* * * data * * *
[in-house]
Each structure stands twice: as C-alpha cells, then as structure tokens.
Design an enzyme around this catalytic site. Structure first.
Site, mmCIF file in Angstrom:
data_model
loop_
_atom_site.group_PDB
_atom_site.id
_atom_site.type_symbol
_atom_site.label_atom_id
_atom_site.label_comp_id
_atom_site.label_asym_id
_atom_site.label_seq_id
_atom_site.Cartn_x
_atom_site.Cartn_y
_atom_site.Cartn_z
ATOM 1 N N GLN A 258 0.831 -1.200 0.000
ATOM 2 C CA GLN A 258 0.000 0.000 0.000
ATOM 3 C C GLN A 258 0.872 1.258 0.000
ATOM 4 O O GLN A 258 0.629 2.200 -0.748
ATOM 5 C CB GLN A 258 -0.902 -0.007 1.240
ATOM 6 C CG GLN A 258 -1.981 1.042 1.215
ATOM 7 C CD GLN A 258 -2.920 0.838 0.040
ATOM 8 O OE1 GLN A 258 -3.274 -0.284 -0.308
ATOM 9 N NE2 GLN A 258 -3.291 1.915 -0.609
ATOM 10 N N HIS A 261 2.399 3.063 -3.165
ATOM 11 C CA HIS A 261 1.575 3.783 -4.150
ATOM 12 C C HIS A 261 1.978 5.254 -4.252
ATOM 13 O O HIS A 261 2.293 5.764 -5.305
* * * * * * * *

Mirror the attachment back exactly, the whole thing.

[in-house]
Each structure stands twice: as C-alpha cells, then as structure tokens.
Design an enzyme around this catalytic site. Structure first.
Site, mmCIF file in Angstrom:
data_model
loop_
_atom_site.group_PDB
_atom_site.id
_atom_site.type_symbol
_atom_site.label_atom_id
_atom_site.label_comp_id
_atom_site.label_asym_id
_atom_site.label_seq_id
_atom_site.Cartn_x
_atom_site.Cartn_y
_atom_site.Cartn_z
ATOM 1 N N GLN A 258 0.831 -1.200 0.000
ATOM 2 C CA GLN A 258 0.000 0.000 0.000
ATOM 3 C C GLN A 258 0.872 1.258 0.000
ATOM 4 O O GLN A 258 0.629 2.200 -0.748
ATOM 5 C CB GLN A 258 -0.902 -0.007 1.240
ATOM 6 C CG GLN A 258 -1.981 1.042 1.215
ATOM 7 C CD GLN A 258 -2.920 0.838 0.040
ATOM 8 O OE1 GLN A 258 -3.274 -0.284 -0.308
ATOM 9 N NE2 GLN A 258 -3.291 1.915 -0.609
ATOM 10 N N HIS A 261 2.399 3.063 -3.165
ATOM 11 C CA HIS A 261 1.575 3.783 -4.150
ATOM 12 C C HIS A 261 1.978 5.254 -4.252
ATOM 13 O O HIS A 261 2.293 5.764 -5.305